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Despite Wikipedia's growing sophistication and greater scrutiny placed on content manipulation, individuals and organizations are still tempted to edit Jimmy Wales's online encyclopedia for personal gain by posting under the veil of anonymity. But that veil just became a little more tattered. Virgil Griffith, a Cal Tech graduate student, has an eye on you, Wikipedia tinkerers. He's developed Wikipedia Scanner, a database that correlates the IP address of anonymous posters with the owners of the associated block of IP addresses. That data does not identify individuals, but it's usually good enough to pinpoint organizations from which they make the edits.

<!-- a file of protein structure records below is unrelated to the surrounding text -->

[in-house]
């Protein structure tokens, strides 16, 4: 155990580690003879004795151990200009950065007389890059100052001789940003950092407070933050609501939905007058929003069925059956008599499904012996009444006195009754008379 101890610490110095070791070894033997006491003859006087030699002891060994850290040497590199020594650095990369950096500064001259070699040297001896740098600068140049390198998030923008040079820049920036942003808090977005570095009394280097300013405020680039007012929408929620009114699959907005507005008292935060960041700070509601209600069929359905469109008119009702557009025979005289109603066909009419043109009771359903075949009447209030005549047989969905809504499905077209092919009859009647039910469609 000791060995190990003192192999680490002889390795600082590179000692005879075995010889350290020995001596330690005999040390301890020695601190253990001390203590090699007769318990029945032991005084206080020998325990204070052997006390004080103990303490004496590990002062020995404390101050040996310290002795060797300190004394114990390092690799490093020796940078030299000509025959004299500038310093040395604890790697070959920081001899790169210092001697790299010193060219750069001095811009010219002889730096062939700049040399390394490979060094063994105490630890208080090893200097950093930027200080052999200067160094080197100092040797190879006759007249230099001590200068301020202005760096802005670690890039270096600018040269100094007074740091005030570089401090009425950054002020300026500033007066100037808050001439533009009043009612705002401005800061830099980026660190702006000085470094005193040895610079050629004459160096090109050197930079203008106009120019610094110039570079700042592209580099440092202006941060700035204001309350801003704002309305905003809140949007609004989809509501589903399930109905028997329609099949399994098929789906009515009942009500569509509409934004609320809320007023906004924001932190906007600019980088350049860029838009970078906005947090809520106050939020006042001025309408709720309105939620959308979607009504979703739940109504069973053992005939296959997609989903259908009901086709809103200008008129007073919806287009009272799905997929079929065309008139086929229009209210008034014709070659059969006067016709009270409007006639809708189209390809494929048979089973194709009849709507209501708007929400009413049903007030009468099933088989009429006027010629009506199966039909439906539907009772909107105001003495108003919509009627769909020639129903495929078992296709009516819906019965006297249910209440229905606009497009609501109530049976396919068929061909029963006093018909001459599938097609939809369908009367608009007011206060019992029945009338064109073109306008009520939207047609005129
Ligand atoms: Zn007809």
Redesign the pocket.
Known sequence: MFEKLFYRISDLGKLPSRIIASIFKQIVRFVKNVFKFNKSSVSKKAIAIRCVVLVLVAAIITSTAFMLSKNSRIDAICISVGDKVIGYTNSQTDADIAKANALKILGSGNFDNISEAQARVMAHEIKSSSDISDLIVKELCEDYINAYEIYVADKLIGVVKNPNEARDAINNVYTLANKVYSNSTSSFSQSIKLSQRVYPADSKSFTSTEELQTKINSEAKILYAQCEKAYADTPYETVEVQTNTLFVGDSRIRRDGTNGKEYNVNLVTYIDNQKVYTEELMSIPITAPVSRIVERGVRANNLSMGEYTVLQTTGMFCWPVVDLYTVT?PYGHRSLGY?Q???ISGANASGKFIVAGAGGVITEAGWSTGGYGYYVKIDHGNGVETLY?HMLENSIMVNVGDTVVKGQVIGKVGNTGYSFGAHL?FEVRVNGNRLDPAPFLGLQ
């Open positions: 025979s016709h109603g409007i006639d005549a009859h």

Although newly launched, and currently down due to traffic directed from a Wired story, the database has already revealed that Diebold employees really don't want you to know how insecure their e-voting machines are; that Congressional aides have mostly ceased making edits since being busted last year; that Wal-Mart, surprisingly, understands Web public relations by leaving negative content but buffing its image with minor tweaks; and that CIA employees, rather than being guided by self-interest or politics, are much like ordinary Wikipedia users, obsessed with the most extensive and accurate entry for Buffy the Vampire Slayer... no wonder they want to remain anonymous. (Photo courtesy of Virgil Griffith)